‘Swartjie Bartman’ by Lesedi Thwala

One of my favourite poems by a South African poet, ‘Swartjie Bartman’ by Lesedi Thwala, is about women’s experience of street harassment, particularly black women. It is powerfully written, and makes reference to Saartjie Baartman, a Khoikhoi woman put on display for entertainment in England and France during the 1810s due to her large buttocks. She was displayed in several circuses, and wealthy customers could pay for private demonstrations in their homes, with their guests allowed to touch her. Thwala’s poem is about the sexual objectification of black women’s bodies, particularly by white men, drawing parallels with the ways in which Baartman’s body was perceived.

‘Swartjie Bartman’ by Lesedi Thwala

Jinne, hoekom het julle swartjies sulke mooi boude?
You hideously hiss and hoot while your
Tongue turbulently twirls twixt your teeth and your
Bulge bulbously bulges between your legs
Claiming that I should take it as a compliment
and be an accomplice and acquiesce you
a slice of the sjokolade-koek
because I am too beautiful for a black girl
and therefore should not be wearing a doek
en ek moet bly ommie-hoek
so that jou vrou en kinders don’t see
that you do not play by die boek
want swart en wit moet nooit meng nie
maar jy wil nou kroek
and I should know that my behind is all I am good for
en glad nie meer as dit ooit soek
ag nee! My skin is too dark
my English isn’t sharp
and my hair is so coarse!
But my butt…
My butt does wonders for you, of course!
So you drive past dark alleys hoping I will be there
So you can feed your fetid fetish and hope and wish that Oom Hans
Of Tant Sallie don’t see you met ‘n swartjie in jou bakkie
En as jy my sien,
You slow down and slobber
And flash me a twee-honderd-rand noot
And scream: “Kom vat meisietjie, gaan koop vir jou brood”
And you disclose your disgust
At my disapproval and drive past, while people stare at you aghast
Want jy kry dit nie man!
Dis duidelik dat ek is jou Swartjie Bartman

 

You can find out more about Lesedi Thwala here, where you can also hear the poet give a reading of ‘Swartjie Bartman’.

60 years of women’s activism in South Africa: from the 1956 Women’s March to #RememberKhwezi

Women stand in small groups, sometimes even alone, silently holding placards: “REJECT SLUMS, SQUATTERS, GROUP AREAS BILLS” and “RELEASE OR CHARGE ALL DETAINEES”. People pass and stare, sometimes yelling angrily, or spit on them, or even driving up on the pavement to try and run them over. It’s the 1950s. The South African government is pushing one law after another through Parliament (more than 25 in that decade alone), with the aim of expanding the reach of white supremacy into every aspect of the lives of South Africans.

Four women stand in front of a room of the country’s most powerful people, silently holding pieces of paper which read “#1in3” and “Remember Khwezi”. People stare, and eventually the women are shoved out the door. It is 2016. The results of South Africa’s local elections are being announced to South Africa and the political elite, and four black women remind us that despite numerous allegations of sexual violence against him, our President has managed to dodge conviction while one of his accusers has to go into exile.

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Fiction Fridays: Poetry

Two weeks into the year, and I have read two books and several short stories. Alas, the novels are not much to write home about – despite the fact that one was shortlisted for the Man Booker Prize in 2012 – and most of the short stories have been mediocre. So instead, here is a selection of my favourite poetry from this week. Once again, I have managed to inadvertently make selections dealing with the same themes: race, racism, ethnicity, identity and belonging.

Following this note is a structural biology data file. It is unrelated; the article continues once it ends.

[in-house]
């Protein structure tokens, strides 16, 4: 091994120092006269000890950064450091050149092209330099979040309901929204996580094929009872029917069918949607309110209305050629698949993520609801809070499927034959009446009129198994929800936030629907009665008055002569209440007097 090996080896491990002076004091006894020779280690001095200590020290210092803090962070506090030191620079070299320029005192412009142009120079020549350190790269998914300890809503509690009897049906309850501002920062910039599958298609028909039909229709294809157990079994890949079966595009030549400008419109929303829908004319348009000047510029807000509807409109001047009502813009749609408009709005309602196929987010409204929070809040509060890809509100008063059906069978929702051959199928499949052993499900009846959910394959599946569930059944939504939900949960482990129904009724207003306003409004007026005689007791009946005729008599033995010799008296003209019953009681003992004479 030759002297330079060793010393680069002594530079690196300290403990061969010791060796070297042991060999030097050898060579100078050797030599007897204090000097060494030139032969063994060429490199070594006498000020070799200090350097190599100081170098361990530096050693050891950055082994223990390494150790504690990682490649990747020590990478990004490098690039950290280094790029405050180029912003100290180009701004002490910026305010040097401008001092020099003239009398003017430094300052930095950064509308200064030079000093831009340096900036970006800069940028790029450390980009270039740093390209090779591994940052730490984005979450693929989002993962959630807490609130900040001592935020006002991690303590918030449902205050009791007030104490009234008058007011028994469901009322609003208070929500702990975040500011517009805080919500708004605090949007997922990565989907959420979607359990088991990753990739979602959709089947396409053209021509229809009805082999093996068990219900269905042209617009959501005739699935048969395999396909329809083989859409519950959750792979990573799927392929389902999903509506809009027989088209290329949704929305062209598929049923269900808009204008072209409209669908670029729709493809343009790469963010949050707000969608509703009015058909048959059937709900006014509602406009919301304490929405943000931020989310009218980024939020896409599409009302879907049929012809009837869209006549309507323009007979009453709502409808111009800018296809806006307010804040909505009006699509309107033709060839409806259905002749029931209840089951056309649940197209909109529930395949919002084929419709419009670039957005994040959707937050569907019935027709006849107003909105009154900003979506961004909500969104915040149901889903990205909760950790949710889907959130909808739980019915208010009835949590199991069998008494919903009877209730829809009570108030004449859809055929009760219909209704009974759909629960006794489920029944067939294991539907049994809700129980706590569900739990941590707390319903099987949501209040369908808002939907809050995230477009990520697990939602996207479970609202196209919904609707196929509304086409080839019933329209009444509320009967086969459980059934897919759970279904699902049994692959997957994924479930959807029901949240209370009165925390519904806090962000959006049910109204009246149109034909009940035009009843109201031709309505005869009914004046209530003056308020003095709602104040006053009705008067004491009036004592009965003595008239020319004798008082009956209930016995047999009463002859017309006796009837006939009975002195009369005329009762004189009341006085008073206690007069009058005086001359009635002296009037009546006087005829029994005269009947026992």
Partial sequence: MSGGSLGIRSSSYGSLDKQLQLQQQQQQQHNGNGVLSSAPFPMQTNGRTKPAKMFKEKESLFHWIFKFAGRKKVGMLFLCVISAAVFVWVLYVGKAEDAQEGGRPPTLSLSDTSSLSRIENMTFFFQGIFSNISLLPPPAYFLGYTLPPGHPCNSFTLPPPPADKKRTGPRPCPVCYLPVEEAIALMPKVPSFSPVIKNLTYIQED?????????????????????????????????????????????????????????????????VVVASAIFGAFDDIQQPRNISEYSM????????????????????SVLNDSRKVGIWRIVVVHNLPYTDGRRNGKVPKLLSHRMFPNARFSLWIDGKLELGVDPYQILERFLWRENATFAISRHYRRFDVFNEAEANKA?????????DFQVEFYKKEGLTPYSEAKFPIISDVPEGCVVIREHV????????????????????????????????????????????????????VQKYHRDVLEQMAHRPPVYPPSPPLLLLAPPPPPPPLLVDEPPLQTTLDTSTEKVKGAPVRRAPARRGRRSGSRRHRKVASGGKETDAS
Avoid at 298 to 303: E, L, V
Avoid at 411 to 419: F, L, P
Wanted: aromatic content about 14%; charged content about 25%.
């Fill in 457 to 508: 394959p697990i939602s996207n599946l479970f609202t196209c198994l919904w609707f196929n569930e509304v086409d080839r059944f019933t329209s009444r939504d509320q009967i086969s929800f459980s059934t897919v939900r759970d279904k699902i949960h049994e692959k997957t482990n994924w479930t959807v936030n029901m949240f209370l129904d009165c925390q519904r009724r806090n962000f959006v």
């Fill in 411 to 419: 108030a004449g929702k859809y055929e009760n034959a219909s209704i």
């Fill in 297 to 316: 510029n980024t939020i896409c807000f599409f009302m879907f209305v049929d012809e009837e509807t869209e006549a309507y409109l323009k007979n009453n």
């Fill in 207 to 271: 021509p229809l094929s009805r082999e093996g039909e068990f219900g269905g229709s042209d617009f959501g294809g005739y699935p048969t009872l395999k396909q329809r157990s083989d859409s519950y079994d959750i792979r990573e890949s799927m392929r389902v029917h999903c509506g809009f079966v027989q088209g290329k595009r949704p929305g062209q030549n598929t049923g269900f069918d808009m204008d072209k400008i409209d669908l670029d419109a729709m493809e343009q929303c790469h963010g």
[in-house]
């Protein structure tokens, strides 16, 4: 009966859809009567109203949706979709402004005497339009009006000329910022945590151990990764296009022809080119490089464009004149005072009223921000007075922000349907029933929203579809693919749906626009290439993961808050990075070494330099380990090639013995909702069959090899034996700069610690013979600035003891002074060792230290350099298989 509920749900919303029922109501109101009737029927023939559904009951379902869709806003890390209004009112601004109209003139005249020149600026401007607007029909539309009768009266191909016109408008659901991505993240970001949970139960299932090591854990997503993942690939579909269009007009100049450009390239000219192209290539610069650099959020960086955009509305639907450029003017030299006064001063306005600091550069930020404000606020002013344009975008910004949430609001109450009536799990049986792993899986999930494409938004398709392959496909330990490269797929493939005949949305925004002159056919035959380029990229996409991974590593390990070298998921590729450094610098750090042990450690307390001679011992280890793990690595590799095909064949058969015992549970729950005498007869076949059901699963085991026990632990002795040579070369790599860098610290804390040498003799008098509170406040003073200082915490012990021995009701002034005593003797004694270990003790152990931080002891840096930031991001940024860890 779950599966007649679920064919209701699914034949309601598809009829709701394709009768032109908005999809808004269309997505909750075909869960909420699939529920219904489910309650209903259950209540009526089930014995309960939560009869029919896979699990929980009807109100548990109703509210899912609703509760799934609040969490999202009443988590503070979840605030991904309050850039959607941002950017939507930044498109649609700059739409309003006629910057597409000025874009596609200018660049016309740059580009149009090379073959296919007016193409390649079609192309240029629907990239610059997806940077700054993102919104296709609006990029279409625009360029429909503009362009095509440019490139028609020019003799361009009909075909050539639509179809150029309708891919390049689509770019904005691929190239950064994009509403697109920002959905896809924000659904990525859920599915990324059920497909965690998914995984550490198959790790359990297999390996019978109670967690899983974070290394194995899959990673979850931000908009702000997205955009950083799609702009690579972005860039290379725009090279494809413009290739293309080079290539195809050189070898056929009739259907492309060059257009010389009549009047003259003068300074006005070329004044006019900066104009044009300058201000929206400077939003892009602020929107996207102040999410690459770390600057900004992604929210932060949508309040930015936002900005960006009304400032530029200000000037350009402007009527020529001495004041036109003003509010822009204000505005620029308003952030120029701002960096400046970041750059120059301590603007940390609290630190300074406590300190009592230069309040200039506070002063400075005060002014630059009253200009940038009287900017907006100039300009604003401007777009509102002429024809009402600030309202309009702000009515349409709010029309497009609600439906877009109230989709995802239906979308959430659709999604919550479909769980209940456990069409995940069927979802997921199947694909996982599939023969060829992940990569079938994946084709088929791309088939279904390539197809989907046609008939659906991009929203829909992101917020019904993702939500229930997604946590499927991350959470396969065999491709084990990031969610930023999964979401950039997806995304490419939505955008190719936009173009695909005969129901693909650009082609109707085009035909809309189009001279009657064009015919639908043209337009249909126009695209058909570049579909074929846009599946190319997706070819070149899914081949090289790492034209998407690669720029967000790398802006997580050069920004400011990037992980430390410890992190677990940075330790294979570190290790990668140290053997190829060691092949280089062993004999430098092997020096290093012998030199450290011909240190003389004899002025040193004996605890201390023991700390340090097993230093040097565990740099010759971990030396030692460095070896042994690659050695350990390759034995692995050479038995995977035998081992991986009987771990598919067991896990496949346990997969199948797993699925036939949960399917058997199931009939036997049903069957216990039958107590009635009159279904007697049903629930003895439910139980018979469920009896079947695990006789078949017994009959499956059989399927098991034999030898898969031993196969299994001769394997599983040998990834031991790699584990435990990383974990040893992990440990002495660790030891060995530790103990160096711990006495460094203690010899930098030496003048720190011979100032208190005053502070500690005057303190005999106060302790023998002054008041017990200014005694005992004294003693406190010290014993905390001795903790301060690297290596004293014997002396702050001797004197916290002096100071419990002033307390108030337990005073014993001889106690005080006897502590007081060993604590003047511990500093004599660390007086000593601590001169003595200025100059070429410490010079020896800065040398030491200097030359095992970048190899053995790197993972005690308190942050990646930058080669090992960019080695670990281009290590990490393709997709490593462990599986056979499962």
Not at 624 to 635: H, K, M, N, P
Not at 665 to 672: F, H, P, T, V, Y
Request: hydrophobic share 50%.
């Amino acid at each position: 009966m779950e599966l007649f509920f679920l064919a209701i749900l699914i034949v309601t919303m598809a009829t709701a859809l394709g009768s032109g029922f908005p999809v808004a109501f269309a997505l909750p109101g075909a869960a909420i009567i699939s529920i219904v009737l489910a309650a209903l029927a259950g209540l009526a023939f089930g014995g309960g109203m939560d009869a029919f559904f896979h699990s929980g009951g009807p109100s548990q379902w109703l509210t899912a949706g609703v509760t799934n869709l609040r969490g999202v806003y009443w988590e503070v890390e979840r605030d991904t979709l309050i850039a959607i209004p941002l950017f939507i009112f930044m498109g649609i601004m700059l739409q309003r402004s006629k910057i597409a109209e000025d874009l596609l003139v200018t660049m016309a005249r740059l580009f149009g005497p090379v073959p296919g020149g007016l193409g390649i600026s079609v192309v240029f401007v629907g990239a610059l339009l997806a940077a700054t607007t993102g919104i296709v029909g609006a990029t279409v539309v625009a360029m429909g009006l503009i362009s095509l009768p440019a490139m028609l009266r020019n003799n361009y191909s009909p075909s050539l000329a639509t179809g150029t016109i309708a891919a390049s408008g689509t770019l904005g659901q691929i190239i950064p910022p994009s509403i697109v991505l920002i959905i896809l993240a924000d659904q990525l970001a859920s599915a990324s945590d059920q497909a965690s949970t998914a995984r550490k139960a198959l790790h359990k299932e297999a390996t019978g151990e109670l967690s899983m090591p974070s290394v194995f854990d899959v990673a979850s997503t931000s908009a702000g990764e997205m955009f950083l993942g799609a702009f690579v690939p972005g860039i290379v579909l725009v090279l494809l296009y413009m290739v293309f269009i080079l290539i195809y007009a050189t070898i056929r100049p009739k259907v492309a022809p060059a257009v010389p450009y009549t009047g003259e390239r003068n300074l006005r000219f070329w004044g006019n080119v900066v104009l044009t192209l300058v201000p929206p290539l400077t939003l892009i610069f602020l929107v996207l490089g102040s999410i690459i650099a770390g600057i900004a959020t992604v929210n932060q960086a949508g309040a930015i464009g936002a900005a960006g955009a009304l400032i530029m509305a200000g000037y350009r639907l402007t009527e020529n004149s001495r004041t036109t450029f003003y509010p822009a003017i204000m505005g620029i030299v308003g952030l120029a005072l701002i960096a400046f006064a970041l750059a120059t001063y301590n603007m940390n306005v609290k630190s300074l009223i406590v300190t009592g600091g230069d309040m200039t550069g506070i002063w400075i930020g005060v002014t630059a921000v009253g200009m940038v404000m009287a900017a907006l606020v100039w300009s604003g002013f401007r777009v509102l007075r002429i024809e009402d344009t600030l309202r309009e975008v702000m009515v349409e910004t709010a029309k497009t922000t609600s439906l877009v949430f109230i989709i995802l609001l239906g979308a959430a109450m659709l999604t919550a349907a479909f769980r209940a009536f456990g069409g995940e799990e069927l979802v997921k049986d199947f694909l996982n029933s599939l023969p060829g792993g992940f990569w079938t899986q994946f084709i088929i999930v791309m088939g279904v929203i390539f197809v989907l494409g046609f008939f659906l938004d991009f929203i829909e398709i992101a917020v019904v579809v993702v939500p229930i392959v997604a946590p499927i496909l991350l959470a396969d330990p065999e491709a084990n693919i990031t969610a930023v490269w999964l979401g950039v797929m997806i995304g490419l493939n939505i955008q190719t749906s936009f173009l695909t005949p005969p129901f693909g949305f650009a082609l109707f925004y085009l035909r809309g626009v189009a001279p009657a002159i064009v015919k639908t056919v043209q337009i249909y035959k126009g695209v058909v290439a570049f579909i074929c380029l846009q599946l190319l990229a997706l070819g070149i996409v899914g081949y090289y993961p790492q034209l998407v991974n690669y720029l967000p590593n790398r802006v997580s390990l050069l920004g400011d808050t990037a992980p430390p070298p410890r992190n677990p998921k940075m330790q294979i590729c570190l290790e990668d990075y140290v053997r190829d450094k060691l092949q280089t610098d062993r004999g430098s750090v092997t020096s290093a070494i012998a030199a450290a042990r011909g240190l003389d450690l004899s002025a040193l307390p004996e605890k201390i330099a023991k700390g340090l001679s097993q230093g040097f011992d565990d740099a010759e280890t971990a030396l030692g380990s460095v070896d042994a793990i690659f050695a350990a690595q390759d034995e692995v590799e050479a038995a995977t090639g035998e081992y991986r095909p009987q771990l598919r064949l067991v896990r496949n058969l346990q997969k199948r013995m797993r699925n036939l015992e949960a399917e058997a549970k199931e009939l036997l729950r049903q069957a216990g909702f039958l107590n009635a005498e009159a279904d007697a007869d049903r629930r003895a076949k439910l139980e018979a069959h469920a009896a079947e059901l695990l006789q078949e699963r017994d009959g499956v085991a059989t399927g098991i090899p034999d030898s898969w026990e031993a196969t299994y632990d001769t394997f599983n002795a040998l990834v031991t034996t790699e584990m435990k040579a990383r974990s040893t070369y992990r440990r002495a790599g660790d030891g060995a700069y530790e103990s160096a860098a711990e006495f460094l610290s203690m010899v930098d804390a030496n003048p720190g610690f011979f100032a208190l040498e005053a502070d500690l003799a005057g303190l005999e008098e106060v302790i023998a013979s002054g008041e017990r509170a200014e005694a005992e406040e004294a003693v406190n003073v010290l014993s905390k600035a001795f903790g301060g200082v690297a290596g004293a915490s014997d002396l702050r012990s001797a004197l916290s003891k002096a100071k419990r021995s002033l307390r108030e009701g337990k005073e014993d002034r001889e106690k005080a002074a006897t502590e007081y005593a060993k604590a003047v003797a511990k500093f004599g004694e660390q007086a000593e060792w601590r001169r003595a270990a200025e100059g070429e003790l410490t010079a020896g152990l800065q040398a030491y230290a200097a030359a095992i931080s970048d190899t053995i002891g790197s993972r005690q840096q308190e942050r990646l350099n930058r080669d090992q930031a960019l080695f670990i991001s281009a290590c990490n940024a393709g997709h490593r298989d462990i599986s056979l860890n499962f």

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Best non-fiction of 2015

For my favourite fiction books of the year, go here.

I have always enjoyed reading non-fiction, particularly history books, memoirs, biographies and socio-political analysis. These are my favourite five from 2015 (in no particular order).

Rape: A South African Nightmare by Pumla Gqola
Maria Callas: The Woman Behind the Legend by Arianna Stassinopoulos
The Dressing Station by Jonathan Kaplan
Goodbye Sarajevo by Akta Reid and Hana Schofield
Seminary Boy by John Cornwell

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2014 in African fiction: 5 reviews

In March 2014, I started tracking my reading for the first time. It was something I had wanted to do for a long time, but had never quite managed to get it together which is rather odd given my tendency to be a compulsive list maker. Here are five books that I read for the first time in 2014, and a brief review of each (no spoilers). All five of them are highly recommended.

Daughters Who Walk This Path by Yejide Kilanko
The Spider King’s Daughter by Chibundu Onuzo
Heart of Redness by Zakes Mda
Bom Boy by Yewande Omotoso
Americanah by Chimamanda Adichie

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Say No, Black Woman, Say No – Gcina Mhlope

One of my favourite poems to emerge from women’s resistance to apartheid.

 

Say No – by Gcina Mhlope

Say No, Black Woman
Say No
When they call your jobless son a tsotsi
Say No

Say No, Black Woman
Say No
When they call your husband at the age of 60 
a boy
Say No

Say No, Black Woman
Say No
When they rape your daughter in detention and call her
a whore
Say No

Say No, Black Woman
Say No
When they call your white sister
a madam
Say No

Say No, Black Woman
Say No
When they call your white brother
a Baas
Say No

Say No, Black Woman
Say No
When they call a trade unionist
a terrorist
Say No

Say No, Black Woman
Say No
When they give you a back seat
in liberation wagon
Say No
Yes Black Woman
a Big No

 

Taken from Women Speak: Reflections on Our Struggles, 1982-1997, edited by Shamim Meer, p. 44